Join Shaun Bryant for an in-depth discussion in this video Using the Group Manager to set up groups in AutoCAD, part of AutoCAD: Tips & Tricks.
- [Teacher] Welcome to another autoCAD tip and trick from lynda.com. What we're going to look at this time is the Group Manager in autoCAD, and how it allows you to create and manage groups effectively in your autoCAD drawings. So, to that end, we have a new drawing open for you. You can see that at the top of the screen. And you can download that from your lynda.com exercise files as usual to follow along with the video. So what we're going to look at is the Group Manager.
And the Group Manager allows us to create groups of objects in our autoCAD drawings. Now as usual, I have totally simplified the drawing. You can see that we've just got some very simple objects there on the screen. And I do that deliberately so that you guys can see the technique, rather than have to look at a really complex drawing with loads of objects, loads of colors, loads of hatches and fills everywhere. It's a lot easier to demonstrate something using a much much simpler drawing. Which is why we've got a simple drawing there, with some polygons and some rectangles and some circles.
So, what I want to do now is I want to be able to group some of these objects into what they call an autoCAD group. So, you go to the Home tab on the ribbon, and you'll see that you have a Groups panel. And it's all in here. So you can have a Group Bounding Box. The Group Bounding Box is on by default. And it's very very useful, so always leave it on. So if that's blue, leave it blue. Don't switch it off because it shows the group boundary, so to speak. So I'm going to go up here now, and create a group of objects.
So I click on the Group command, like so, and select the objects I want to put into a group. Going to select these objects here, that's my first group. And then I'm going to press Enter, like so. Now an unnamed group has been created there. So there's my unnamed group. If I click on it now, there's the bounding box that I mentioned earlier. Now, what I need to do, is give that group a name. So if I select that now, and go to perhaps my Group Manager, here, you'll see that there's no group name.
So what I need to do is create a new group as such. So I create a new group here, like so, I want them selectable. Do I want them unnamed? No I don't. So what I'm going to do here, is I'm going to change this. So I'm going to use the Group Manager to create the group. And you'll see what happens. If I click on Cancel there, and select this group here. I can ungroup anything really quickly. So I just come in here, and you'll see I've got different commands here. So I've got Group Edit, and I've got Ungroup as well.
So if I went to Group Edit, like so, I can add objects, remove objects, or I can rename the group. So there's all these different ways and means, of messing around with the groups. So if I, rename now, enter a new name for the group. So I'm going to call this Group 1. I know that's thoroughly unoriginal, but hey, there we go. So there's Group 1. So now, if I jump back into the Group Manager, there's my Group 1, it is selectable. I can give it a description. So it might be, first group.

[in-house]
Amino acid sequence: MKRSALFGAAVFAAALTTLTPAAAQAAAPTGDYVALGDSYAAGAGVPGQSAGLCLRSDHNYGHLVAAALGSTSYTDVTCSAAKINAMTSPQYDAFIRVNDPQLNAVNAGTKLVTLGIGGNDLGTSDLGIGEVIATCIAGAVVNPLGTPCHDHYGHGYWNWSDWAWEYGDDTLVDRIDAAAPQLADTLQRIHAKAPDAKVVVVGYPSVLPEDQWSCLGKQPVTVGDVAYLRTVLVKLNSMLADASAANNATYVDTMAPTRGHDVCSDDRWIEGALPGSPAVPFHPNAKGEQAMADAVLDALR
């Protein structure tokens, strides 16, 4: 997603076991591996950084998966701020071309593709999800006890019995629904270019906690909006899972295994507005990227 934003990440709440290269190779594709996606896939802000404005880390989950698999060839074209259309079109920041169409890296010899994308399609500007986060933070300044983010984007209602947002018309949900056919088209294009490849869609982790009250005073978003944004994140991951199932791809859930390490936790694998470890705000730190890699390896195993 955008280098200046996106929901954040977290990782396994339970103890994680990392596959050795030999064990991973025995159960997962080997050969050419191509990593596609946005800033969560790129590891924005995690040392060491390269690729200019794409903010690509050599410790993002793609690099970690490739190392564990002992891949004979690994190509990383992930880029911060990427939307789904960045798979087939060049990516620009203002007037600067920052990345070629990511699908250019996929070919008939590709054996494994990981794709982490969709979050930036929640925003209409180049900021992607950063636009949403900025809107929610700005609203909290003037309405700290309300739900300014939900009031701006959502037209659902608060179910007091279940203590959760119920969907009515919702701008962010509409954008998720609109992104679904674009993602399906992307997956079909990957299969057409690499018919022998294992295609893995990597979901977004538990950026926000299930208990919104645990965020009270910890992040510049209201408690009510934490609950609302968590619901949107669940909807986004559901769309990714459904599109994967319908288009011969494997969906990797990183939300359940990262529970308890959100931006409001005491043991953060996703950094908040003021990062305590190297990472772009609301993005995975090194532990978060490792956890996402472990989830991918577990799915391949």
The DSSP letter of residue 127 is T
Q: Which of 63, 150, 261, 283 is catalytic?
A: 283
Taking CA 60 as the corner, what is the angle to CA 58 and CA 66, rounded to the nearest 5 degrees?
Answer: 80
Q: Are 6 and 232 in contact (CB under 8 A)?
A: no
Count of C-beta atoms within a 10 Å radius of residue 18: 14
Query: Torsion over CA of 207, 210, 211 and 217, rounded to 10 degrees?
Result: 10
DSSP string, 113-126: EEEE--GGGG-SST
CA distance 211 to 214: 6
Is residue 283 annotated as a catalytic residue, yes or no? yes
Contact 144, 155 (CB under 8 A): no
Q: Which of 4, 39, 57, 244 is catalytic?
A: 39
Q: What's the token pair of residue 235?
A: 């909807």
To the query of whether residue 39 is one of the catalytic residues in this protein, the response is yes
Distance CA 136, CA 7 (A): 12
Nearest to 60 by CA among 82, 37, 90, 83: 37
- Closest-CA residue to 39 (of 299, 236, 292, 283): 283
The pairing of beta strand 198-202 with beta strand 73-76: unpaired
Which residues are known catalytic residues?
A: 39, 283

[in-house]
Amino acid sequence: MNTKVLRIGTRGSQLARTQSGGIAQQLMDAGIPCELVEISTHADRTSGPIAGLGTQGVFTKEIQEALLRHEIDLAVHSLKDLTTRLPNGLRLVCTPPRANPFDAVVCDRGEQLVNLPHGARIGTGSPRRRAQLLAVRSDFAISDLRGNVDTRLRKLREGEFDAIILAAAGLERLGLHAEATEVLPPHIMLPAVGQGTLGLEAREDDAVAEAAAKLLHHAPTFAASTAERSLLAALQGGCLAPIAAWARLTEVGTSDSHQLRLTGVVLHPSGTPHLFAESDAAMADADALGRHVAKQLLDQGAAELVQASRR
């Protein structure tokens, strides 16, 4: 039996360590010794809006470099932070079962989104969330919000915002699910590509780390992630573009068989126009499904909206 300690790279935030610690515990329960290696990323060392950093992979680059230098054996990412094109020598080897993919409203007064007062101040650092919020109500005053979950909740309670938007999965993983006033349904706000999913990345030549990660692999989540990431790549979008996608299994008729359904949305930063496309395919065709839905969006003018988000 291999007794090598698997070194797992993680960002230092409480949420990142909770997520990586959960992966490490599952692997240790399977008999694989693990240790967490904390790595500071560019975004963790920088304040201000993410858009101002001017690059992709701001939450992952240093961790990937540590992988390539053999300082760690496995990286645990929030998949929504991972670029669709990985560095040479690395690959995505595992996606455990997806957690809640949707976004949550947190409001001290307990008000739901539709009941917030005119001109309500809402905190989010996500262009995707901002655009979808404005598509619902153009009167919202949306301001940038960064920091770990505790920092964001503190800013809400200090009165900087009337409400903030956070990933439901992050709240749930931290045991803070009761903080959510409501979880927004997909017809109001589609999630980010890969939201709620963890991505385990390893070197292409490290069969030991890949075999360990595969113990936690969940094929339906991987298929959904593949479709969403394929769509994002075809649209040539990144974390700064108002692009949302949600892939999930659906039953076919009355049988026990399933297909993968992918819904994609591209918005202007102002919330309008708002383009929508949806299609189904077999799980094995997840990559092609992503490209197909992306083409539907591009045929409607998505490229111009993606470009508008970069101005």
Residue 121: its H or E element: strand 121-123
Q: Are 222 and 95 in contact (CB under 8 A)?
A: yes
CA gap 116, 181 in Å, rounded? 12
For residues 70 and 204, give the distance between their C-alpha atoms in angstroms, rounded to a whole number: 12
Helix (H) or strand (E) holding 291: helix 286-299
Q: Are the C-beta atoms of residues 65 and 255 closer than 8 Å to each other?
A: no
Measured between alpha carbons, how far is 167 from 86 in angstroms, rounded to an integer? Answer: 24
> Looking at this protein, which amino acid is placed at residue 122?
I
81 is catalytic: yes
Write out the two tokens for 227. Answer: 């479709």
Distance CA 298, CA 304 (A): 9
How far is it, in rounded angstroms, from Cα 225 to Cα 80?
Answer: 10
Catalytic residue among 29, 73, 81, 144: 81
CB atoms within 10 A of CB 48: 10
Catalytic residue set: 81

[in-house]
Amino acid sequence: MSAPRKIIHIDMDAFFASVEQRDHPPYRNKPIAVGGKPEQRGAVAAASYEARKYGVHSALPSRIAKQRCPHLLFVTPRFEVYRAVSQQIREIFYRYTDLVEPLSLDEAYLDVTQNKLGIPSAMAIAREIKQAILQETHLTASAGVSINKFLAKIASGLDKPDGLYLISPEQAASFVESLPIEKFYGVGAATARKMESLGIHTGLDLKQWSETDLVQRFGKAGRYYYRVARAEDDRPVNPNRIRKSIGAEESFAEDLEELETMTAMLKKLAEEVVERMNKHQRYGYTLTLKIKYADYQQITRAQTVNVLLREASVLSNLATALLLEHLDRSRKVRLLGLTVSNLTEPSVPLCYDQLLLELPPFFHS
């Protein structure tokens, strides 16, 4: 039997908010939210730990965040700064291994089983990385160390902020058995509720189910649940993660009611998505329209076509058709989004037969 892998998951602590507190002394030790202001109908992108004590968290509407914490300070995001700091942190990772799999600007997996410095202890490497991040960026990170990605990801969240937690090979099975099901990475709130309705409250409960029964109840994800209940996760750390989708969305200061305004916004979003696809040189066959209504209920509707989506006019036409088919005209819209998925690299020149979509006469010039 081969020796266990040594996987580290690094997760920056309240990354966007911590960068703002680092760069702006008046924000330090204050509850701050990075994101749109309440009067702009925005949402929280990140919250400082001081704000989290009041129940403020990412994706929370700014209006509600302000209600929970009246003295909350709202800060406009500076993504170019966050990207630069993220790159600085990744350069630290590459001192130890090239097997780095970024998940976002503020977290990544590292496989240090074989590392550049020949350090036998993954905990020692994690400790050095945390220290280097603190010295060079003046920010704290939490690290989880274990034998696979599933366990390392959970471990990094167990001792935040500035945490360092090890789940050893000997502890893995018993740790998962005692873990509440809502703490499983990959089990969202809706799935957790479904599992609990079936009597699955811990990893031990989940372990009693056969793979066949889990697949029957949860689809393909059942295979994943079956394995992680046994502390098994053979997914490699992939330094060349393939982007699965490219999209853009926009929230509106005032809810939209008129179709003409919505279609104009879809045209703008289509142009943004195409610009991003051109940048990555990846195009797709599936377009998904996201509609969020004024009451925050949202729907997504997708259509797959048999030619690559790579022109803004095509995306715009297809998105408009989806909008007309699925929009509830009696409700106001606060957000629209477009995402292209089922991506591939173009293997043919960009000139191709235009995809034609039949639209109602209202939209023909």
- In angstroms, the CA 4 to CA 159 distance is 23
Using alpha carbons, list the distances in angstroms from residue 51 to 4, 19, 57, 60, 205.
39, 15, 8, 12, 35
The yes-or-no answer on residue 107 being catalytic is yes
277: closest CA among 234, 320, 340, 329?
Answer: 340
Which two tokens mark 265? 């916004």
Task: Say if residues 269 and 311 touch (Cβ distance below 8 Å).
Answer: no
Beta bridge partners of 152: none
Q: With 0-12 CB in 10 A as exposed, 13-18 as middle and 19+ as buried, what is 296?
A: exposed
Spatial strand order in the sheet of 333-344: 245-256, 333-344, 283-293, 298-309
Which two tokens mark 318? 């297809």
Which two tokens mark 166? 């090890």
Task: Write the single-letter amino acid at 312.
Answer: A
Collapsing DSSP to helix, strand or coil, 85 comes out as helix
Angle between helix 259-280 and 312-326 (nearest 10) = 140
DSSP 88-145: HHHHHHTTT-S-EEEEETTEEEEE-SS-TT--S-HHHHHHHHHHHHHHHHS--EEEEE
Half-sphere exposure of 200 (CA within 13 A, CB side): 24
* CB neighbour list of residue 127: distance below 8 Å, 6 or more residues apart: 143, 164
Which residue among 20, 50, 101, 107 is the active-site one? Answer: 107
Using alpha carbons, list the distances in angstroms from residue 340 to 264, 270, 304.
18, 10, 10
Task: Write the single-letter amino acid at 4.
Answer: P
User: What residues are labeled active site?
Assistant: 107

Again, I know, totally unimaginative, but such is life. Now I can highlight that group in the drawing. If I click on Highlight, can you see that? It highlights it in the drawing, which is why it's really really useful to use these in really really busy drawings. So I click on Continue there, takes me back to my Group 1. So I can explode that, I can add objects to it, I can remove, and so on. Now, if I add, it now says, Select Objects. So if I select, say, this little group of objects here, press Enter, they are now added to my group.
When I click on OK, I now have that group instead. So you can see how the Group Manager allows you just to generate groups of objects. Now the benefit is, that group of objects has a grip, I can click on the grip, I can move that group over here. I can also as a group, use something like the Move command. Pick a point on an element of the group, and I'll move it up here, for example. So you can see how these groups are really useful. You can group a whole group of objects together.
So you can group polylines, you can group blocks. You can group just lines, or perhaps even dimensions might be grouped. You might have a group of standard dimensions that go on a standard part, for example. All of these can be grouped. And the lovely thing is, is I can ungroup anything at any time. So if I select that like that, and go back up here to groups, you'll see here, Ungroup. If I ungroup now, they're not in the group anymore. They're all their own individual objects again. But if I go to the Group Manager, you'll notice that Group 1 is also disappeared.
So when you ungroup, you lose the group in the Group Manager as well. So just be aware of that, because there's nothing worse than having a really really complex group, you ungroup it, you lose everything, okay? Be aware that you do lose everything. One thing you can do though, is when you do create a new group, you can make it unselectable. So it's fixed in place and people can't select that group and ungroup. So just be aware, you can make it unselectable as well, if you need to.
Skill Level Intermediate
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